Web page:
Hemimorphite is a soroscilicate, which means it’s made up of two linked rings with a silicon atom in the center of four oxygen atoms. It is a hydrated zinc silicate and gets its name because it has different terminations at either end of one of its axes. One end of the crystal is blunt, and the other is pointed.
The gem is uncommonly found as distinct crystals but usually as aggregates. When it is found in crystals it is colorless and transparent. In other forms it comes in shades of white, yellow, brown or an especially beautiful blue-green that resembles turquoise. It’s found in the oxidation zone of zinc and lead sulfide deposits with minerals such as smithsonite and galena. It is indeed an ore of zinc.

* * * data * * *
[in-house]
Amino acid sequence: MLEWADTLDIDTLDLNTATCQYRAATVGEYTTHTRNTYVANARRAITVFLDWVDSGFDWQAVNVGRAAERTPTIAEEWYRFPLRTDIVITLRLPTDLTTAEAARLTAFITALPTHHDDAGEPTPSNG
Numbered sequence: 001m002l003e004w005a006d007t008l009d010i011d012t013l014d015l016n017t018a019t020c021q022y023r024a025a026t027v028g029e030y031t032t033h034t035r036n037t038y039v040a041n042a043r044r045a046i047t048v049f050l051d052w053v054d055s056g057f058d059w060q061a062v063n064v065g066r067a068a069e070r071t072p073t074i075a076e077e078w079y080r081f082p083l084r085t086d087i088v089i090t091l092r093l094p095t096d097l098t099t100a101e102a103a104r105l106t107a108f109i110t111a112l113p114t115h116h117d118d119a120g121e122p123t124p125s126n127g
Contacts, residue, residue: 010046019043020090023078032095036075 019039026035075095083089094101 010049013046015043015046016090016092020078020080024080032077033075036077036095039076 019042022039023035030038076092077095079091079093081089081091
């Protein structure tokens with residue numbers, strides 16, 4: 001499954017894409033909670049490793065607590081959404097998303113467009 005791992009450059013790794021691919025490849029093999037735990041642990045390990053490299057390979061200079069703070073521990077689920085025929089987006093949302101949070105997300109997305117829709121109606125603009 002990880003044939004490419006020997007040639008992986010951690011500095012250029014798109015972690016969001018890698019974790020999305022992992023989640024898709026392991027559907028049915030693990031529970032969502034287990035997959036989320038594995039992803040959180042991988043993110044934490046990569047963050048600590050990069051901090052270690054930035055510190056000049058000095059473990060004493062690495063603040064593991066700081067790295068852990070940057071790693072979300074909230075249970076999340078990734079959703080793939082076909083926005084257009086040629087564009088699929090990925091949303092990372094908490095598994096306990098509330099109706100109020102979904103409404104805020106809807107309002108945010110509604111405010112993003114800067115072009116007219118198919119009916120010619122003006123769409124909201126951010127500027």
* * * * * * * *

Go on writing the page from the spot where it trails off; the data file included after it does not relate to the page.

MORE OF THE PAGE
General Information about Hemimorphite
The soroscilicate is a heavy but brittle mineral with perfect cleavage. This means that if it is struck a certain way it will break in a sharp, clean way. When it is heated it takes on an electric charge, or becomes pyroelectric. The mineral also takes on an electric charge when placed under enough pressure. This is the quality of being piezoelectric. Hemimorphite also fluoresces orange when it’s placed under ultraviolet light though the fluorescence is a bit weak.
When the mineral is dissolved in a strong acid it forms a silica gel, and when heated to 932 degrees Fahrenheit loses water without clouding. This means that its crystal structure is not altered. Its chemical formula is hemimorphite.
Properties of Hemimorphite